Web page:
Film Review: Belle & Sebastian (France, 2013)

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Belle and Sebastian is a remake of the much-loved 1960s French TV series in which a six-year-old boy befriends a wild mountain dog on the pastoral slopes of the French Alps. Since this version incorporates an additional story of Jewish fugitives attempting to cross the border into neutral Switzerland, the film comes off like a mixture of The Adventures of Milo and Otis and Renoir’s The Grand Illusion. And somehow, surprisingly, this works.

Sebastian (Félix Bossuet) lives in a village nestled amongst the Alps near the Swiss-French border with his father César (Tchéky Karyo) and his cousin Angélina (Margaux Chatelier). Spending apparently no time at school, Sebastian wanders the mountainous countryside alone as no six-year-old should, especially once word spreads that a wild beast has been spotted in the vicinity attacking men and sheep alike. On one of his jaunts Sebastian encounters said beast that turns out to be an enormous Pyrenean Mountain Dog. He names her Belle and the two quickly become firm friends, romping and frolicking about in the summery alpine splendour or having noticeably one-sided conversations. With the villagers convinced Belle is the culprit behind the attacks, Sebastian must keep their interspecies friendship a secret.

It being the height of World War Two in German-occupied France, carloads of Nazis soon roll into town with the intention of preventing Jewish refugees from reaching Switzerland. They are led by Lieutenant Peter (Andreas Pietschmann), an officer with a coldly mask-like face who becomes enamoured of Angélina and suspects the dashing Doctor Guillaume (Dimitri Storoge) of leading the fugitives through the mountains. When Belle attacks a German soldier for manhandling Sebastian, the mayor promises to hunt her down, and young Sebastian finds himself caught between his beloved canine companion and pretty much every adult he knows who wants to shoot her to pieces.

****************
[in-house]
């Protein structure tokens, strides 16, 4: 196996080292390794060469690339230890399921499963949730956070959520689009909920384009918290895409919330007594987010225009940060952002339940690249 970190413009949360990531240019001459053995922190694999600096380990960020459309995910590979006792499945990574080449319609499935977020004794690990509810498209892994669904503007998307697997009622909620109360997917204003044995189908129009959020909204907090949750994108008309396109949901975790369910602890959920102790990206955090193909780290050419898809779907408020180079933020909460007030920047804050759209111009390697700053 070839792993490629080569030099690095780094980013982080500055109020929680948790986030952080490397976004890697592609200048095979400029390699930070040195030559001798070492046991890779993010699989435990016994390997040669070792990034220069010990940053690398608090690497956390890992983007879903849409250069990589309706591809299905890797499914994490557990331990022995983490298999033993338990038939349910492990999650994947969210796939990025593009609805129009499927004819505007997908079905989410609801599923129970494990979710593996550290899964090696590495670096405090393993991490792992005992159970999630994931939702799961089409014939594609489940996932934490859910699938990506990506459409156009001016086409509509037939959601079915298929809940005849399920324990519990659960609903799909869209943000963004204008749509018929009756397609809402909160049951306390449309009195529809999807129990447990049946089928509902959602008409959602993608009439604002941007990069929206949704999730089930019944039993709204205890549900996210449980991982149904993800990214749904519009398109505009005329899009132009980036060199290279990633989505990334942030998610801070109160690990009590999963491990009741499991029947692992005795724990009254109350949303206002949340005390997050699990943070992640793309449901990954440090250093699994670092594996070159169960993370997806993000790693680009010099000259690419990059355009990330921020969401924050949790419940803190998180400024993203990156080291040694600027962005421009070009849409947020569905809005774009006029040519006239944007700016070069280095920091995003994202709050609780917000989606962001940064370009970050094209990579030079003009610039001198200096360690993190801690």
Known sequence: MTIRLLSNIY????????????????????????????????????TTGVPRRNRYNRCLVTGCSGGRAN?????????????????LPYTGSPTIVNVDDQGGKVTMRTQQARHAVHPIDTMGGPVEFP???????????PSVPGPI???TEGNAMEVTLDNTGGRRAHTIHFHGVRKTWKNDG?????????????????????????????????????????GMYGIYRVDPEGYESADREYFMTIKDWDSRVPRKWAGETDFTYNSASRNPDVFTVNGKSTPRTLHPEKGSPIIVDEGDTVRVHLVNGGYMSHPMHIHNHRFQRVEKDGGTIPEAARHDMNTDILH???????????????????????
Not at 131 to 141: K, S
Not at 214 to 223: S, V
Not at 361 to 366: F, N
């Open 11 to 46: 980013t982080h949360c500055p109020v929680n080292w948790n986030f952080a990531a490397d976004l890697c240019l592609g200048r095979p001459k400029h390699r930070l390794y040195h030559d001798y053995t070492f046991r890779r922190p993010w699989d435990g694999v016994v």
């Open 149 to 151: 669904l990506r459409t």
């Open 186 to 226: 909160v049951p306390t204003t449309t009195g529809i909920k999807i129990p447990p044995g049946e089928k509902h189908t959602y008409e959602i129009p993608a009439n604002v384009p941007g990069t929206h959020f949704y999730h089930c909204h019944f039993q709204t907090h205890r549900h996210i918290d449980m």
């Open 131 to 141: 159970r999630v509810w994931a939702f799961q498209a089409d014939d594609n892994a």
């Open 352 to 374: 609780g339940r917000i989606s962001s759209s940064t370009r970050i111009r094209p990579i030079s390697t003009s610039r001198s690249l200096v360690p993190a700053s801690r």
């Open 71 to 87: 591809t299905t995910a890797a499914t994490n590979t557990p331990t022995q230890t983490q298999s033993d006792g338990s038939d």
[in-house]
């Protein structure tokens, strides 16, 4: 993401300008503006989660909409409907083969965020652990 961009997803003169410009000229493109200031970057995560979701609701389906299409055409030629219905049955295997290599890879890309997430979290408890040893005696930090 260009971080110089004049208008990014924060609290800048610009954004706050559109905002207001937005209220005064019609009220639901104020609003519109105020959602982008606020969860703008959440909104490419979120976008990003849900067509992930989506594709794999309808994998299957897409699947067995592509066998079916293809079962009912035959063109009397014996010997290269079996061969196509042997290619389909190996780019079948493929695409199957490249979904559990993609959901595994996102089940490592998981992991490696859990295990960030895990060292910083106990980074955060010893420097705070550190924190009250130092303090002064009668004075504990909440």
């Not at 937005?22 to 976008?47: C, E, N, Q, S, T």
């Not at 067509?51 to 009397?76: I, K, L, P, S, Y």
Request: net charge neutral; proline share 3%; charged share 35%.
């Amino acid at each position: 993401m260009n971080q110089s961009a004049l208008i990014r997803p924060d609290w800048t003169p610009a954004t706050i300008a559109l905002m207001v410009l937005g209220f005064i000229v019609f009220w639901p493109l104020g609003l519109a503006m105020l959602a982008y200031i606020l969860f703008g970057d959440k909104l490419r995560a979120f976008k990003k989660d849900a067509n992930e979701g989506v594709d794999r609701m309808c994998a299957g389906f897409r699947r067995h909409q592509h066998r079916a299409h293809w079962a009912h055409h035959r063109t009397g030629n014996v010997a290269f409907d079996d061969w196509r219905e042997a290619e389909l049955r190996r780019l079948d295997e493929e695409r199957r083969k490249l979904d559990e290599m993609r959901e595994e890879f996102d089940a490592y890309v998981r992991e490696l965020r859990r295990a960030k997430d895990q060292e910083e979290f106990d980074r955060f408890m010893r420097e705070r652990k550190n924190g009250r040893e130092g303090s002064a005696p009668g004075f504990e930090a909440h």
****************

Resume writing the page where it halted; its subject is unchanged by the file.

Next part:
Despite being a family-oriented film, Belle and Sebastian doesn’t speak down to children who will enjoy the adventures of an intrepid boy pitted against the world, nor will it bore adults who will enjoy the nostalgia and stunning setting of the film that’s such a large part of its appeal. Beginning in summer with panoramic shots of Sebastian and César traipsing about the sun-drenched valleys and ridges of the Alps, the seasons roll on as if reflecting the gravity of what befalls Sebastian’s village, with the climax of the film occurring in winter when every building is buried in snow and wolves appear out of the wilderness.

The film is a perfect advert for French tourism, painting an absurdly lovely picture of France and its people. While Sebastian and Belle gambol about on the grass in summer and the deep snow in winter, the honest, kind-hearted adults of this village community get on with their lives despite the war. However, even with the presence of the German soldiers and Jewish refugees, it never feels as if the war is a particularly serious occurrence for Sebastian’s village. But as this is, after all, a family film, there’s not much point dissecting the morality and behaviour of its characters whose country has been overrun by the enemy. Rather than detracting from the story, the remoteness of the characters from the war ends up giving this portrait of simple rustic life an even more sepia-tinted glow.

As adventure stories about young children go, it’s worth noting this one takes the cake in terms of the dangerous situations its pint-sized protagonist is allowed into unsupervised. Not only does he roam about the steep precipices of the surrounding valleys by himself, but his father César seems largely unperturbed by his suspicion that Sebastian has befriended what he believes to be a feral guard dog beaten into insanity by its previous owner. Even more concerning (and amusing) is a scene in which Doctor Guillaume treats a sick Belle. Doctor Guillaume, also convinced Belle is a monster, takes one worried look at the dog from across the room and hands Sebastian a huge antique syringe. “She won’t let me anywhere near her,” the doctor tells Sebastian, before looking on contentedly as a six-year-old with no medical training jabs a colossal needle into a wounded dog the size of a lion.

That said, there is something reassuringly old-fashioned to the film and, in particular, the attitude of the older characters to Sebastian, an attitude of fond tolerance free of the mollycoddling many children are subjected to today. It’s this that makes the film as charming as it is. It’s a hit of nostalgia and an innocent tale of childhood set against a beautiful backdrop.


Belle & Sebastian was on a limited release throughout Australia


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